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The '80s inspire a fast-paced cyber-quest

  • Oct 14, 2011
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In Cline's dystopian 2044, economic and environmental collapse has left a great divide between the haves and have-nots. Most of the world is a crumbling, junk-strewn place overrun with predators. Many people live in "stacks," mismatched trailers piled vertically atop one another.

No wonder 18-year-old narrator and protagonist Wade Watts, like most people, spends most of his time in a beautifully designed virtual reality called OASIS. OASIS is a magical world where everyone chooses their face and form through avatars. It's a place of 10,000 planets where almost anything is possible, from love to magic, even school.

It has a few things in common with the real world, however -- in order to travel, go on adventures, acquire magic and protection -- one needs the OASIS equivalent of earnings. Which are easier to get once you already have some. Wade, though smart and techno-savvy, is too poor to get ahead.

But he has hope. James Halliday, genius designer of OASIS, an eccentric loner without family and with only one estranged friend, died some years earlier, leaving his billions to the person who can solve his final puzzle. Inside OASIS are three hidden keys, which will take the player through three portals and lead finally to the prize egg.

Clues? Halliday, a child of the 1980s, remained fixated on his formative decade's video games and pop culture. All the clues are hidden therein. Wade, like everybody else, has become an expert on the '80s, but so far no one has succeeded in getting even a toehold in Halliday's final big game.

Wade, of course, makes the breakthrough, the first step. But just barely a step ahead of the woman he loves from afar. And on his heels is the evil corporation IOI, which hopes to take over OASIS and turn it into a huge moneymaker, beginning with charging for access.

Things get ugly in the real world as well as the virtual world as IOI determines to win at any and all costs and Wade needs to find a way to guard his human body and outwit the corporation -- and everyone else breathing down his neck -- while pursuing Halliday's ever more complicated puzzles.

A fun read, even for those, like myself, who don't know much about video games or '80s culture. For all I know, half the '80s stuff could be fictional, not that it would matter.

Cline keeps the level of suspense high and creates a dazzling, magical world in sharp contrast to the gray ugliness of reality. OASIS, with its teleportation, magical dangers and powers, and its exquisite, self-contained planets, is an enchanting place.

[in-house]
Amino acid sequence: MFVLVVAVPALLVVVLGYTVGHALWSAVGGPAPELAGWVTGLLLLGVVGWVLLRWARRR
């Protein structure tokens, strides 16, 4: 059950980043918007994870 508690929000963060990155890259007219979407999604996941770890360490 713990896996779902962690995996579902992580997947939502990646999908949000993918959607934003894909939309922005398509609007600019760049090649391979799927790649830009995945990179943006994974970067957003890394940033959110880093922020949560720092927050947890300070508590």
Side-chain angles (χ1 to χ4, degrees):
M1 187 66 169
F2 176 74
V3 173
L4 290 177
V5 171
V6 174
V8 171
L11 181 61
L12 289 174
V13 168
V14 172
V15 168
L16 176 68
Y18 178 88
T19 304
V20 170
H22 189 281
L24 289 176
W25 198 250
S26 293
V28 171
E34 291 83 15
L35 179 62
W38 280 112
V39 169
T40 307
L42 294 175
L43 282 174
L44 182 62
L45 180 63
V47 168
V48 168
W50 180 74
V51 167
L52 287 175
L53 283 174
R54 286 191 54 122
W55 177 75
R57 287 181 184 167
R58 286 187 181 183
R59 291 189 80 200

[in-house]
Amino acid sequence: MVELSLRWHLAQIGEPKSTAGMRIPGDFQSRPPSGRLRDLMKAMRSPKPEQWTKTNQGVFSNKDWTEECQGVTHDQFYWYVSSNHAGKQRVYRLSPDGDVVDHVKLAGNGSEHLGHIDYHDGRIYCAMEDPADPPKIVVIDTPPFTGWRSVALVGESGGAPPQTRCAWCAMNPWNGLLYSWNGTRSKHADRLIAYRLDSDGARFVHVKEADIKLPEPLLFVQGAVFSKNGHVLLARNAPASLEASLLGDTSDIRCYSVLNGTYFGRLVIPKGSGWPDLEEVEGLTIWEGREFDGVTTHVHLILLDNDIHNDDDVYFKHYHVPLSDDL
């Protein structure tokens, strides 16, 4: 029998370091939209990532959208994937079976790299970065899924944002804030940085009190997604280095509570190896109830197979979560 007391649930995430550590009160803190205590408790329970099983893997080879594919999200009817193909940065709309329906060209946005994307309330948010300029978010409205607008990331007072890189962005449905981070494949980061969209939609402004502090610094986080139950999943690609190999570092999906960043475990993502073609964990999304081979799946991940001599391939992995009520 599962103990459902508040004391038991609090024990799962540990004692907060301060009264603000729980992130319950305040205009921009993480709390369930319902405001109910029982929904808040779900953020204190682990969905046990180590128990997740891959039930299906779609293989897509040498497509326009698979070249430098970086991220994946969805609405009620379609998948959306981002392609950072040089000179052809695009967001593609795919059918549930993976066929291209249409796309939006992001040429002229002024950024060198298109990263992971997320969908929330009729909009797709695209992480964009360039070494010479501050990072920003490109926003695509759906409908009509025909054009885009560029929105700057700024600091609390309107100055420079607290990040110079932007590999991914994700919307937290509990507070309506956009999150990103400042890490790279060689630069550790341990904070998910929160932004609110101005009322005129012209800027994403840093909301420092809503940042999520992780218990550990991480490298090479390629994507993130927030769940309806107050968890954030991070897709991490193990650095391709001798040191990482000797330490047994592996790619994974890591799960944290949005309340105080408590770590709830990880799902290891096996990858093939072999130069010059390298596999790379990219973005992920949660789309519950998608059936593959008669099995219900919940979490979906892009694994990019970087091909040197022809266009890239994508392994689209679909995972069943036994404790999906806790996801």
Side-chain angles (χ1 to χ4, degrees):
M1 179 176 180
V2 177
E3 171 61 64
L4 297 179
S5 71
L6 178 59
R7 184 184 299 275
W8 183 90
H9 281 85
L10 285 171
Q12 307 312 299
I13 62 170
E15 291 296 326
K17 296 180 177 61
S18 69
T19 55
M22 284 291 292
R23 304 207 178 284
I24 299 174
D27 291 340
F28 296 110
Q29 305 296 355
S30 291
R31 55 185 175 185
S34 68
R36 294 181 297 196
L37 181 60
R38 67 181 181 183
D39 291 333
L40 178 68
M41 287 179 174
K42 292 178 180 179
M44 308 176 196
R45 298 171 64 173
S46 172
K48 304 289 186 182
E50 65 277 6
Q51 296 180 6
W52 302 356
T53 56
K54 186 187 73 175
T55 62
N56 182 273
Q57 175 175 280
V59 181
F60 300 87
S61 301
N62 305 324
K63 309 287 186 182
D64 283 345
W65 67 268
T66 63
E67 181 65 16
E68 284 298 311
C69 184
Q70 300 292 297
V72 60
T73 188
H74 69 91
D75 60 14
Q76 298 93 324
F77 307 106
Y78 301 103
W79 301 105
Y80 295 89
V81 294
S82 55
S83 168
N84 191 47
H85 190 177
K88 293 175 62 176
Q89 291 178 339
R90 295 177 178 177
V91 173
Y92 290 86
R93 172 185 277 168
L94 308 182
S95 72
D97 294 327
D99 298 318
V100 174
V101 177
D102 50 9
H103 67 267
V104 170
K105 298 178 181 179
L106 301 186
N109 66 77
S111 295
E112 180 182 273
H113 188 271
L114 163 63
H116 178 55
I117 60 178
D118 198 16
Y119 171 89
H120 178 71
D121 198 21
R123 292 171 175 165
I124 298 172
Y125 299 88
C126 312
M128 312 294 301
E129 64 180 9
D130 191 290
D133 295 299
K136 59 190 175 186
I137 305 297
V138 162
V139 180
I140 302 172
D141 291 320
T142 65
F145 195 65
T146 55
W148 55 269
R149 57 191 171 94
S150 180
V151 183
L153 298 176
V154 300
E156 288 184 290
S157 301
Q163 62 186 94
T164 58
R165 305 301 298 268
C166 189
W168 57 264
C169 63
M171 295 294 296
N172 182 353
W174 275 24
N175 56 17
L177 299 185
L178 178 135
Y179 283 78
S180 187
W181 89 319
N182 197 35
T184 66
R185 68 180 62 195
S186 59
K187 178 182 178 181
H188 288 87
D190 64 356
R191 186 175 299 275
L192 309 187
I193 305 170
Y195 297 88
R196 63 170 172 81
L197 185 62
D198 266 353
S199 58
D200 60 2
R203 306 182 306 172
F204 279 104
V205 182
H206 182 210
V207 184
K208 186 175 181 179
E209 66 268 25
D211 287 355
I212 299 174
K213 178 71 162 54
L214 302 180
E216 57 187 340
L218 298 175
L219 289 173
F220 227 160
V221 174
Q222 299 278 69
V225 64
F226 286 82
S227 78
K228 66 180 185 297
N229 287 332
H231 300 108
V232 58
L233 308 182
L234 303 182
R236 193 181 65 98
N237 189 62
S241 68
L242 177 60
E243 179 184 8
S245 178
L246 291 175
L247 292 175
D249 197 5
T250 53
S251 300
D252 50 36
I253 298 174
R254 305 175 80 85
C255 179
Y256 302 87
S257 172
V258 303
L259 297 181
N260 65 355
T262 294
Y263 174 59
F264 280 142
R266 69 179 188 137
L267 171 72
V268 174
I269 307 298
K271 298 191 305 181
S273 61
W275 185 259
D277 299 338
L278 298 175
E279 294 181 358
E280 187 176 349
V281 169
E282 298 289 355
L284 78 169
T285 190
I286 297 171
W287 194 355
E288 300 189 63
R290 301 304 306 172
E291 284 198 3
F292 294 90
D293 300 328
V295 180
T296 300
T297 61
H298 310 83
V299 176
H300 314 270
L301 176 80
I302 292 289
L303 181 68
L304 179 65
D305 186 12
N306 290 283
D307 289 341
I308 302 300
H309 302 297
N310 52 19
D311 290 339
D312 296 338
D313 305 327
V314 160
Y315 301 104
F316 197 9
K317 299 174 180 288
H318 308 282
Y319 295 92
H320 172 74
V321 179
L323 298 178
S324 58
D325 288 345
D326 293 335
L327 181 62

Still Wade and his few friends remain aware that OASIS is not the real world. They don't even know each other's real-world identities or what they actually look like behind the attractive avatars they inhabit. This creates a certain insecurity that never quite goes away and a niggling fear that real life is passing them by.

How Wade deals with the evil corporation, his own -- and others' -- ingenuity, competition, cooperation, romance, friendship and the problems of real life, make Cline's debut a cyber-quest for anyone who enjoys speculative fiction.

--Portsmouth Herald

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review by . October 25, 2011
The year is 2044 and the real world is a cold, depressing place. Unemployment is so high that there is a two year waiting list to work at a fast food restaurant. The environment is pretty much in a shambles, there's a severe energy crisis, famine is everywhere. The only escape is OASIS, where most of humanity spends its waking hours. OASIS is a massive virtual galaxy where your avatar can be anything you want it to be, it's a place where you can live, play, quest on any of the thousands …
About the reviewer
Lynn Harnett ()
Ranked #182
I love to read, always have, and have been writing reviews for more years than I care to say. Early on, i realized there are more books than there is time to read, so I read only books I like and mostly … more
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Amazon Best Books of the Month, August 2011: Ready Player One takes place in the not-so-distant future--the world has turned into a very bleak place, but luckily there is OASIS, a virtual reality world that is a vast online utopia. People can plug into OASIS to play, go to school, earn money, and even meet other people (or at least they can meet their avatars), and for protagonist Wade Watts it certainly beats passing the time in his grim, poverty-stricken real life. Along with millions of other world-wide citizens, Wade dreams of finding three keys left behind by James Halliday, the now-deceased creator of OASIS and the richest man to have ever lived. The keys are rumored to be hidden inside OASIS, and whoever finds them will inherit Halliday’s fortune. But Halliday has not made it easy. And there are real dangers in this virtual world. Stuffed to the gills with action, puzzles, nerdy romance, and 80s nostalgia, this high energy cyber-quest will make geeks everywhere feel like they were separated at birth from author Ernest Cline.--Chris Schluep

Guest Reviewer: Daniel H. Wilson on Ready Player One by Earnest Cline
Daniel H. Wilsonis theNew York Timesbest-selling author ofRobopocalypse.

I dare you not to fall in love with Ready Player One. And I mean head over heels in love--the way you fall for someone who is smart, feisty, and who can effortlessly finish your favorite movie lines, music lyrics, or literature quotes before they come out of your mouth.

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